On the day of the awards, after sharing the hotel gym with a Booker Prize winner (sorry, had to squeeze that in – I won’t mention his name, but he was very polite, even apologising for his squeaky treadmill), I met my publisher, Penelope Todd. This in itself was a momentous event: our first proper face to face meeting after ‘kind of’ knowing each other – through emails and the occasional Skype – for several years. Penelope has invested so much time and energy into All Our Secrets she deserves a multitude of awards herself. My win that evening was twice as rewarding with Penelope there to share it.
Next up was a Masterclass with award-winning Glaswegian crime writer, Denise Mina, whose book, The Long Drop, was the only upside of having spent the early hours of that morning propped up against one of my hotel bed’s seven enormous pillows (its size not only prevented me from sleeping, but forced me to question, for the first time ever, the length of my neck). The Long Drop (which is also, ultimately, about a neck, not an outside loo) is a gripping read. Denise’s course, too, was captivating and inspiring. Even though I was up for a crime fiction award I still felt like an imposter in a crime writing workshop, but Denise assured us that lots of authors write crime novels by ‘accident’.
Then, somehow, it was 5pm and time to meet the other finalists. We gathered in a room I can only recall as being green (and probably only because someone called it the ‘green room’). It was a huge buzz meeting people whose faces and books I recognised from social media, and to hear that many of us will get to hang out together at the inaugural Rotorua Noir festival next year.
In Murder in the Chamber I read about the first death in All Our Secrets – of Sebastian, the kitten – the most ‘crimey’ part of my book that didn’t give anything away (apart from, of course, poor Sebastian’s life).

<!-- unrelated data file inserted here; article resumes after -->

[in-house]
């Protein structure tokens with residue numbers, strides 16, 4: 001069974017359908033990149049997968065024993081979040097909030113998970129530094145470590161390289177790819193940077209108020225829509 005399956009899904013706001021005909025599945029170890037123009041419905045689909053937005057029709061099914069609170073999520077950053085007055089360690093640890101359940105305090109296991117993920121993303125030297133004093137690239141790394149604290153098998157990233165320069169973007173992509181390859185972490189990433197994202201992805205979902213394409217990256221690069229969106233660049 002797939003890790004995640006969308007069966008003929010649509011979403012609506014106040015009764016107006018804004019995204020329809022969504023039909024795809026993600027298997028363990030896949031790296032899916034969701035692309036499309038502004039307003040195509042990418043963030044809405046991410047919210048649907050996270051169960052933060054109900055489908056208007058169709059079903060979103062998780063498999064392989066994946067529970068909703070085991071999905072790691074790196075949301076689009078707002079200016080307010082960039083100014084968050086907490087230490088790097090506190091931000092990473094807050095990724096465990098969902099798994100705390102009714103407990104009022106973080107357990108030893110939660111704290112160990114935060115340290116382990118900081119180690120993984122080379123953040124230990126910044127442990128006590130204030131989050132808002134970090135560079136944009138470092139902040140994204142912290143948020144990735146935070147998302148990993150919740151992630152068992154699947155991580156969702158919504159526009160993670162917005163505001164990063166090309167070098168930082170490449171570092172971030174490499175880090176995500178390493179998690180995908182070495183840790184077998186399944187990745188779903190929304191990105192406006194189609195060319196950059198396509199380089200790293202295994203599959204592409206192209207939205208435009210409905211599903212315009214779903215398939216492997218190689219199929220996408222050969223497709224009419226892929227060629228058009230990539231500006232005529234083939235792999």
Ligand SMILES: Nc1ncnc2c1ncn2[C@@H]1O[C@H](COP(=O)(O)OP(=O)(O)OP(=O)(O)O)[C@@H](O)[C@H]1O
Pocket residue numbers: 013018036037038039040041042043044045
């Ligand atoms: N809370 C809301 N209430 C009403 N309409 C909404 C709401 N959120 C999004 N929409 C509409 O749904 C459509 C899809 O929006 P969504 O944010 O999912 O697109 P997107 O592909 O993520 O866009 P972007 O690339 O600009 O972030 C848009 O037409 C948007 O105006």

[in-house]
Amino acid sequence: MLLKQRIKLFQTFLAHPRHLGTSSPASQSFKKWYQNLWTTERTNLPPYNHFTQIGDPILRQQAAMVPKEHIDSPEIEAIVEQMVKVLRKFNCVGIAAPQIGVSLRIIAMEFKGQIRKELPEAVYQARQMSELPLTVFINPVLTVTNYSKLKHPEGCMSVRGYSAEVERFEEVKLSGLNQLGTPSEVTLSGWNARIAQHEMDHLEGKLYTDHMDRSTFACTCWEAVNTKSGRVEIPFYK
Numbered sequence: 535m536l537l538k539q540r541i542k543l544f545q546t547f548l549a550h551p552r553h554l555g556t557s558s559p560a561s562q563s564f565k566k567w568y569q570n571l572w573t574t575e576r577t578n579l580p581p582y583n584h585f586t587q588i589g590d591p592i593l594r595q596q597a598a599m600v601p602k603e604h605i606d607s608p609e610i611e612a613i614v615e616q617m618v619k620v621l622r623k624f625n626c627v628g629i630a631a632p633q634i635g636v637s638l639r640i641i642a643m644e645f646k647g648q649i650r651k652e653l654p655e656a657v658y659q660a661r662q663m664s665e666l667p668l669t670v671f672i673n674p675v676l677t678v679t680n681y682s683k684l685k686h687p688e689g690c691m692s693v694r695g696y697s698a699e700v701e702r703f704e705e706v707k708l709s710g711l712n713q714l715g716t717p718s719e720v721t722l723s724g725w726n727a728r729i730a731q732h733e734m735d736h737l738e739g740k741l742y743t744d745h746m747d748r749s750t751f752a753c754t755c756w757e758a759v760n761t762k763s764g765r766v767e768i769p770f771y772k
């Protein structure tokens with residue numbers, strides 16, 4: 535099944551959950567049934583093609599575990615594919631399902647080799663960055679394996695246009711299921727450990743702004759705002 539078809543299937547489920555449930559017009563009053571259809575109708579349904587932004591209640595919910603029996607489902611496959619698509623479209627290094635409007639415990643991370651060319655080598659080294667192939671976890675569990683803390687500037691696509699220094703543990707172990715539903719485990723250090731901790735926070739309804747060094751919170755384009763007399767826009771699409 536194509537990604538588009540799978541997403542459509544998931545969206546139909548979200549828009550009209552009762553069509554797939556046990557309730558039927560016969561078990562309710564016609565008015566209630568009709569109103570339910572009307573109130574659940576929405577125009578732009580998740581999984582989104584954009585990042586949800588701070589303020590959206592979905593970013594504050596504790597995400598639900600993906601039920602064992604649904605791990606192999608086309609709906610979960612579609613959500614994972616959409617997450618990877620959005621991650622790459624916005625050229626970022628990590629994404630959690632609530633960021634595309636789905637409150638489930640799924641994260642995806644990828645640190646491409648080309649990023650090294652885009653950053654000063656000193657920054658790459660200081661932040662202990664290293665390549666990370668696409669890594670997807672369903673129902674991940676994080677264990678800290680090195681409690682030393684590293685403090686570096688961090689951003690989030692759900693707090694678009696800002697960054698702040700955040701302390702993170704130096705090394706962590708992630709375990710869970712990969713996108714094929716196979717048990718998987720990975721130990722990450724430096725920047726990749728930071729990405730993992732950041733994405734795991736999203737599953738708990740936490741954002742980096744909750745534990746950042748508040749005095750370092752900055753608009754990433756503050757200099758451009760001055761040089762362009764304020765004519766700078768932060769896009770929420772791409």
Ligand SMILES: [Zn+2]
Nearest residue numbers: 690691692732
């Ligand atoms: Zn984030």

Then, the awards ceremony: a happy blur, partly attributed to excitement, and partly to the pre and post-Murder in the Chamber pinot noir. Awards judge, Vanda Symons kicked off proceedings before inviting A J Finn (aka Daniel Malory) to present the award for the Best First Novel. I confess I didn’t know who A J Finn was; I just thought he was a hot American guy who must’ve written something. I now know that his book, The Woman in the Window, is the biggest selling book in the world this year!
Anyway, the hot American guy announced… “the Winner of the Ngaio Marsh First Novel Award is….All Our Secrets by Jennifer Lane.” I know these were his words because he later gave me the envelope that contained them. As for what I said when he handed me the microphone, I’m not entirely sure. I hadn’t wanted to jinx my chances by preparing a speech.
Denise Mina then declared Alan Carter the winner of the other, bigger, Ngaio Marsh Award (Best Crime Novel). We posed for photos, signed a stack of books, hugged everyone in sight, and I enjoyed a celebratory dinner with Penelope and her husband. It was a truly memorable night!
My only responsibility for Sunday was to meet Vanda and Alan at the Radio NZ studio for an interview with Lynn Freeman. Easier said than done. I got lost wandering through the construction site that is Christchurch’s CBD, even with the Google Maps lady bossing me around. Once I finally found the others, we realised we had the wrong address, so had to race a couple of kilometres back in the direction from which I’d wandered (despite Google Maps lady’s protests – she was ready to strangle me by then), but made it just in time. I find radio interviews slightly terrifying, and this one was live! Fortunately Vanda and Alan had plenty to say.
And that ended my magic weekend. Oh yeah, there were a few All Blacks at Christchurch airport. I only knew who they were because they were being accosted for photos (though their All Blacks outfits should’ve been a giveaway). I’d spent my weekend among celebrities – the night before I was practically one myself – so I wasn’t at all fazed. Though, I confess, I did take a discrete photo, just to pass the time. The photo was blurry (such was my discretion) and I think the friend I sent it to was equally unfazed.
It was then time to fly back to reality, motherhood and grocery shopping, but also to a normal-sized pillow, and with a very special souvenir squeezed into my suitcase:
I’m writing this from my childhood home of Cambewarra*, where I’m spending a couple of weeks with my mum, working on my second novel (slowly), and trying not to think about the odds that the giant huntsman spider I spotted outside the front door yesterday managed to make its way inside overnight…